3 Tips on How to Pay for College
The following is a guest post by Josiah Kennealy. Visit the Facebook page to learn more about his book Debtless and find more great tips.
Over the past five years, I have met with many college students, young couples and young adults who are drowning in debt and struggling financially because of student loans. I recently completed my master’s degree — graduating debt-free — and focused my capstone project on this topic. My colleagues and I surveyed 850 college students from more than 200 different colleges and universities in over 40 states. We published the findings in the book Debtless.
Not surprisingly, the results showed that college debt is a huge problem. We found that over 39 percent of current college students have no idea how much they owe in student loans. Based on our research, current students have taken on an average of $26,659 in debt — and haven’t graduated yet! Nearly 40 percent of students surveyed said no one informed them about alternatives to student loans.
I want to share with you three tips that will help you pay for college, take on less debt, and pursue your dreams with passion!
College is expensive. Every situation is different because each student has a different desire of what his or her future dreams hold. In addition, every family has a different financial situation based on jobs, income level, and life events.
Research and due diligence is your job. I recommend that students in high school visit their school’s office to set up a meeting with their school counselor. One you’ve done that, you want to talk to the admissions offices of every school you’re applying for. This can help you figure out things like FAFSA, which is a form family’s fill out to apply for financial aid in the form of grants and government helps.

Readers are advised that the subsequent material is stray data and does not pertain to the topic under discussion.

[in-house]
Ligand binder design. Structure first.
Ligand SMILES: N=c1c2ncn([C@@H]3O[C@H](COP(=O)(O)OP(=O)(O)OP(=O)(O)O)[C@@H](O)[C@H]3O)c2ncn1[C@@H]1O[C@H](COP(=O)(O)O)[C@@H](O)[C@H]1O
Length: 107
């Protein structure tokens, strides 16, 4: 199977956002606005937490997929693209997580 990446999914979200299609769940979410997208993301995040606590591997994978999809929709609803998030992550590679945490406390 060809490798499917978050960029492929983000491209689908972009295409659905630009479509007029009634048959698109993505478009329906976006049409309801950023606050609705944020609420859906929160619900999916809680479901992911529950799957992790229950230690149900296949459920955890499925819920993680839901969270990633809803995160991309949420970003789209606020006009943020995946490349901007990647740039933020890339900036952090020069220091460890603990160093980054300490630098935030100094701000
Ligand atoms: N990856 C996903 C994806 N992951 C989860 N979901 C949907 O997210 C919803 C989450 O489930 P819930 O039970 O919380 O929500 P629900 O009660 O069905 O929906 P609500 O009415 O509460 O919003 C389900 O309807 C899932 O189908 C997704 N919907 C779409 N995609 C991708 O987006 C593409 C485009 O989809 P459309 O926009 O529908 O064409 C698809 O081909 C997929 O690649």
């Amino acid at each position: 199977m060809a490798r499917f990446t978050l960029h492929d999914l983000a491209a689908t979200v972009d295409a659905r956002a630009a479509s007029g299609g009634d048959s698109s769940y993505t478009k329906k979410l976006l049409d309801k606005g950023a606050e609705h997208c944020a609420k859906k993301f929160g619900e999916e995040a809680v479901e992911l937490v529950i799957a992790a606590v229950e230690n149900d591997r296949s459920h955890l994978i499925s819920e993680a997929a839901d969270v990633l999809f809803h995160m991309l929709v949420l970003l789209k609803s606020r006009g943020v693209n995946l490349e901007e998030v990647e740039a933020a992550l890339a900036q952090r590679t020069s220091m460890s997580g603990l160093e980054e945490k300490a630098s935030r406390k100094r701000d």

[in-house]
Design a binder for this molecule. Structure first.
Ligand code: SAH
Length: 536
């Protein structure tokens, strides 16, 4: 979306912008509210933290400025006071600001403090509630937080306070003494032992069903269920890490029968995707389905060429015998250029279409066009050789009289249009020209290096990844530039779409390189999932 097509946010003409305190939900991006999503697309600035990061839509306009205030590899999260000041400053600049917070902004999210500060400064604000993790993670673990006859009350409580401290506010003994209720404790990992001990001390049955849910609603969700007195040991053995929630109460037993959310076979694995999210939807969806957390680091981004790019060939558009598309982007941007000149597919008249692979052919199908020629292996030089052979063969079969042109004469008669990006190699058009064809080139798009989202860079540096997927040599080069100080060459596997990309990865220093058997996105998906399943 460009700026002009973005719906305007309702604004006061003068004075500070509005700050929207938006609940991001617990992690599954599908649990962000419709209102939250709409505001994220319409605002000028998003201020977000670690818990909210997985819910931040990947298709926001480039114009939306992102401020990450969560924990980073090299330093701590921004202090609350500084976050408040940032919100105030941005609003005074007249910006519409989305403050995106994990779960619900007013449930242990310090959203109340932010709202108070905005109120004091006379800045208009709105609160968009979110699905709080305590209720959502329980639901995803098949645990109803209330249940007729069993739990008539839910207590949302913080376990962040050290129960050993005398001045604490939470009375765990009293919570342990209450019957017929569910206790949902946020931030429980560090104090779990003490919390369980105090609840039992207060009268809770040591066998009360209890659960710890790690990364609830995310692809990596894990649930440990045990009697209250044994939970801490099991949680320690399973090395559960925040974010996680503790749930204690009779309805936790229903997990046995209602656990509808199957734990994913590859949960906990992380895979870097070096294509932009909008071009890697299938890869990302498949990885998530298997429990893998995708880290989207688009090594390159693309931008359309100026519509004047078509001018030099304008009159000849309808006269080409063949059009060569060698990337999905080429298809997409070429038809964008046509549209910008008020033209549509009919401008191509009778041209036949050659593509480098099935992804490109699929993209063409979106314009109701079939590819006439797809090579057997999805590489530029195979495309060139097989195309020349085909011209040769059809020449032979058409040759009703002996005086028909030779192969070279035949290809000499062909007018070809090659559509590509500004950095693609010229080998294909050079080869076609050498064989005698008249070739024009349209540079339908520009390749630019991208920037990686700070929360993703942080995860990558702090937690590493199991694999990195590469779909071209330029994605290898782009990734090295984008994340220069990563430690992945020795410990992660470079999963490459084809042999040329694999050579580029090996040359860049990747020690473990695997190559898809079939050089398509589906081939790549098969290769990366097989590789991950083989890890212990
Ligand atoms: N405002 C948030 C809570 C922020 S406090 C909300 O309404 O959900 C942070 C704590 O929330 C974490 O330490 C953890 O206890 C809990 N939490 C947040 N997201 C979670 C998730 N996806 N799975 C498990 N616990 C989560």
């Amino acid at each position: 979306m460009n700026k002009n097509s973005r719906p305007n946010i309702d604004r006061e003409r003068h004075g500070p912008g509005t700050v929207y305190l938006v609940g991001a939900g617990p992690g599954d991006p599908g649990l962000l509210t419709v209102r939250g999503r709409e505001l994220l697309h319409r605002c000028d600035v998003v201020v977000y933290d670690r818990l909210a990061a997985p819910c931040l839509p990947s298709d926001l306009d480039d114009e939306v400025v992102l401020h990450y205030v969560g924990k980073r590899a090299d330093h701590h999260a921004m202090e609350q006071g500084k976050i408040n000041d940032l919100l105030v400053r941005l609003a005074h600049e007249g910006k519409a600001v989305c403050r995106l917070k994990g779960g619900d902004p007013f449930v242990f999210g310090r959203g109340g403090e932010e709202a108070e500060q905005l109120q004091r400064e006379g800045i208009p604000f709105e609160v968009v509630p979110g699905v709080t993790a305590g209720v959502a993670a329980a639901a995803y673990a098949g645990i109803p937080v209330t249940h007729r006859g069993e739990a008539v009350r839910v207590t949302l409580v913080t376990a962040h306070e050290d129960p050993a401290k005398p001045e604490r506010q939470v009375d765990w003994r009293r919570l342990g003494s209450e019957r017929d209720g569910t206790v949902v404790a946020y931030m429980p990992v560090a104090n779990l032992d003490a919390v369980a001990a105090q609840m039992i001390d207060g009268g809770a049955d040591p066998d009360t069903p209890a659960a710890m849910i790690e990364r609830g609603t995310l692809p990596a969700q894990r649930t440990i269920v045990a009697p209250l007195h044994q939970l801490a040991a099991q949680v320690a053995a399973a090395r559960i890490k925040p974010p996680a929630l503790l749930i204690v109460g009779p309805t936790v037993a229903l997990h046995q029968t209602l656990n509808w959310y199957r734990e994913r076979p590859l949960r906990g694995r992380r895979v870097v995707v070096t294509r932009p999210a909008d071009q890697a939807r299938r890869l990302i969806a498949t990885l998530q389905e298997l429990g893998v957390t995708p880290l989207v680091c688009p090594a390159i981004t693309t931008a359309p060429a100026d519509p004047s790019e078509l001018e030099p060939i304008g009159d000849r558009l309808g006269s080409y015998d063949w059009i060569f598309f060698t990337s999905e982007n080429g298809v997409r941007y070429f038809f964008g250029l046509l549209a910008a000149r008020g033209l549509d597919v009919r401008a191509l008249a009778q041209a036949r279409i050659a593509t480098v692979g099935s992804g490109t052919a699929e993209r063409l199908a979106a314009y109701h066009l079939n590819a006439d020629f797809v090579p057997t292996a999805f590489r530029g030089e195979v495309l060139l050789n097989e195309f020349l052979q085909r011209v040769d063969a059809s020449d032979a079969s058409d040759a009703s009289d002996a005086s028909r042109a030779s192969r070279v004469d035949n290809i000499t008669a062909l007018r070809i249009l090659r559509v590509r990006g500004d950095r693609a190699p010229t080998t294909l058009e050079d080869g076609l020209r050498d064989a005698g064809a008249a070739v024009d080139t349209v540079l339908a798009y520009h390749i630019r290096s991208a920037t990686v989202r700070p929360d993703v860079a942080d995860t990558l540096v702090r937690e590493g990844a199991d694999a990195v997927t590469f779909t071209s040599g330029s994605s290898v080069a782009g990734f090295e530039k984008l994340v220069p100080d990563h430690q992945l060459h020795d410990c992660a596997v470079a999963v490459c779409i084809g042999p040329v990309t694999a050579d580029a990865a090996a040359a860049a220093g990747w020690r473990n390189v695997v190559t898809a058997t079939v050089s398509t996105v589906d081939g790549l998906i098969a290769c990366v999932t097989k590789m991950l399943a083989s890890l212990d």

Similar to researching the costs of different college and university options and learning what forms of financial aid are available is applying for outside scholarships. What scholarships do you qualify for? There are a few free websites I recommend: fastweb is one of the best. (You shouldn’t have to pay for any of them). I recently talked with a high school principle who has a community fund with $100,000 awarded in scholarships annually, but some years not all of it is given out because students don’t apply for it!
Lastly, could you work while you’re in school? I worked at least 25 hours per week throughout college during the school year and more over summer break. This allowed me to pay as I went for school.
Looking back, one of the scholarships I’m most thankful I applied for was actually in my last semester of undergrad. I applied for a fully funded summer study abroad trip to Israel/The Holy Land. To take this trip out of pocket would have been in the neighborhood of $10,000 and also gave me graduate studies credits. I was awarded the trip and it was life changing for me to walk where Jesus walked and has been invaluable to me as a pastor in ministry. It never hurts to apply!
What are some ways you could increase the amount of money you have?
This is coming up with your own game plan and road map to success. Again, every student’s experience is going to be different and every family of origin is different to begin with. If you find yourself particularly overwhelmed or stressed out, just know you can do it!